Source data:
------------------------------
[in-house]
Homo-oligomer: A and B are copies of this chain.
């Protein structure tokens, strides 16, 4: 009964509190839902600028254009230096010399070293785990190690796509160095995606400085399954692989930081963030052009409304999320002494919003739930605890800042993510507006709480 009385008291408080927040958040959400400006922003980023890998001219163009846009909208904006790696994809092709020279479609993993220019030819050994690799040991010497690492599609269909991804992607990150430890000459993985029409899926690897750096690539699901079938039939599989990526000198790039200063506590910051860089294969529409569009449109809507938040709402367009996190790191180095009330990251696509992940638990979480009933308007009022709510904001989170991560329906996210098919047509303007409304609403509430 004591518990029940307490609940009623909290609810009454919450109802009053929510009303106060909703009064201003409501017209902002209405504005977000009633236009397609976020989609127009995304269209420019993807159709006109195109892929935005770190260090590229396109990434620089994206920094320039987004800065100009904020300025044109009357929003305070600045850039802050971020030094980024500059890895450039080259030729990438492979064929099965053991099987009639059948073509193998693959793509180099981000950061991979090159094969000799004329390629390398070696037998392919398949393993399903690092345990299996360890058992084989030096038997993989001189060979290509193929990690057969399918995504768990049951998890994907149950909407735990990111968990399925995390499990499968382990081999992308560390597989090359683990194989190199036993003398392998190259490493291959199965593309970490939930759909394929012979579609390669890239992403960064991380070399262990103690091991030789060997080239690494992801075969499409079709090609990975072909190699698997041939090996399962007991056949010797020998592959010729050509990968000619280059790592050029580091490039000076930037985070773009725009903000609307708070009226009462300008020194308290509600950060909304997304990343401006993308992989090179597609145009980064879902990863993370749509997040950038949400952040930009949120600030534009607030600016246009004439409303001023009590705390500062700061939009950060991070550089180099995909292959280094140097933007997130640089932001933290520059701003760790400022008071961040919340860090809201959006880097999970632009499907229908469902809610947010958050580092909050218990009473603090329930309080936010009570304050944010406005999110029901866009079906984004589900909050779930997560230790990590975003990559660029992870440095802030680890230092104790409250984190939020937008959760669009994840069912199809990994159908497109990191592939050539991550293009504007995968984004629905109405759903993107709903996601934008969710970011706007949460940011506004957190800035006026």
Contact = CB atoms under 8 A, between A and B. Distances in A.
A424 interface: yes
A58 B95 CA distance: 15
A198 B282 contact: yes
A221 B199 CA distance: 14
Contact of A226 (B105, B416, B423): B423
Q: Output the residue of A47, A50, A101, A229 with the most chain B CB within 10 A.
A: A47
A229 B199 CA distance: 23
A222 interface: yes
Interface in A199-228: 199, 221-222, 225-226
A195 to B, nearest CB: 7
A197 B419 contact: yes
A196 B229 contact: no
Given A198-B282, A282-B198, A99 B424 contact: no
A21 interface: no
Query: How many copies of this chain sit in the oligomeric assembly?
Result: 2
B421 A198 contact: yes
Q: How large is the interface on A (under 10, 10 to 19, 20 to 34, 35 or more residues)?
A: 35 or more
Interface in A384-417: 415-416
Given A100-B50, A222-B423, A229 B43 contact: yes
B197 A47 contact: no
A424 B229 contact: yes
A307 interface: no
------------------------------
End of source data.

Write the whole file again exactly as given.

[in-house]
Homo-oligomer: A and B are copies of this chain.
């Protein structure tokens, strides 16, 4: 009964509190839902600028254009230096010399070293785990190690796509160095995606400085399954692989930081963030052009409304999320002494919003739930605890800042993510507006709480 009385008291408080927040958040959400400006922003980023890998001219163009846009909208904006790696994809092709020279479609993993220019030819050994690799040991010497690492599609269909991804992607990150430890000459993985029409899926690897750096690539699901079938039939599989990526000198790039200063506590910051860089294969529409569009449109809507938040709402367009996190790191180095009330990251696509992940638990979480009933308007009022709510904001989170991560329906996210098919047509303007409304609403509430 004591518990029940307490609940009623909290609810009454919450109802009053929510009303106060909703009064201003409501017209902002209405504005977000009633236009397609976020989609127009995304269209420019993807159709006109195109892929935005770190260090590229396109990434620089994206920094320039987004800065100009904020300025044109009357929003305070600045850039802050971020030094980024500059890895450039080259030729990438492979064929099965053991099987009639059948073509193998693959793509180099981000950061991979090159094969000799004329390629390398070696037998392919398949393993399903690092345990299996360890058992084989030096038997993989001189060979290509193929990690057969399918995504768990049951998890994907149950909407735990990111968990399925995390499990499968382990081999992308560390597989090359683990194989190199036993003398392998190259490493291959199965593309970490939930759909394929012979579609390669890239992403960064991380070399262990103690091991030789060997080239690494992801075969499409079709090609990975072909190699698997041939090996399962007991056949010797020998592959010729050509990968000619280059790592050029580091490039000076930037985070773009725009903000609307708070009226009462300008020194308290509600950060909304997304990343401006993308992989090179597609145009980064879902990863993370749509997040950038949400952040930009949120600030534009607030600016246009004439409303001023009590705390500062700061939009950060991070550089180099995909292959280094140097933007997130640089932001933290520059701003760790400022008071961040919340860090809201959006880097999970632009499907229908469902809610947010958050580092909050218990009473603090329930309080936010009570304050944010406005999110029901866009079906984004589900909050779930997560230790990590975003990559660029992870440095802030680890230092104790409250984190939020937008959760669009994840069912199809990994159908497109990191592939050539991550293009504007995968984004629905109405759903993107709903996601934008969710970011706007949460940011506004957190800035006026």
Contact = CB atoms under 8 A, between A and B. Distances in A.
A424 interface: yes
A58 B95 CA distance: 15
A198 B282 contact: yes
A221 B199 CA distance: 14
Contact of A226 (B105, B416, B423): B423
Q: Output the residue of A47, A50, A101, A229 with the most chain B CB within 10 A.
A: A47
A229 B199 CA distance: 23
A222 interface: yes
Interface in A199-228: 199, 221-222, 225-226
A195 to B, nearest CB: 7
A197 B419 contact: yes
A196 B229 contact: no
Given A198-B282, A282-B198, A99 B424 contact: no
A21 interface: no
Query: How many copies of this chain sit in the oligomeric assembly?
Result: 2
B421 A198 contact: yes
Q: How large is the interface on A (under 10, 10 to 19, 20 to 34, 35 or more residues)?
A: 35 or more
Interface in A384-417: 415-416
Given A100-B50, A222-B423, A229 B43 contact: yes
B197 A47 contact: no
A424 B229 contact: yes
A307 interface: no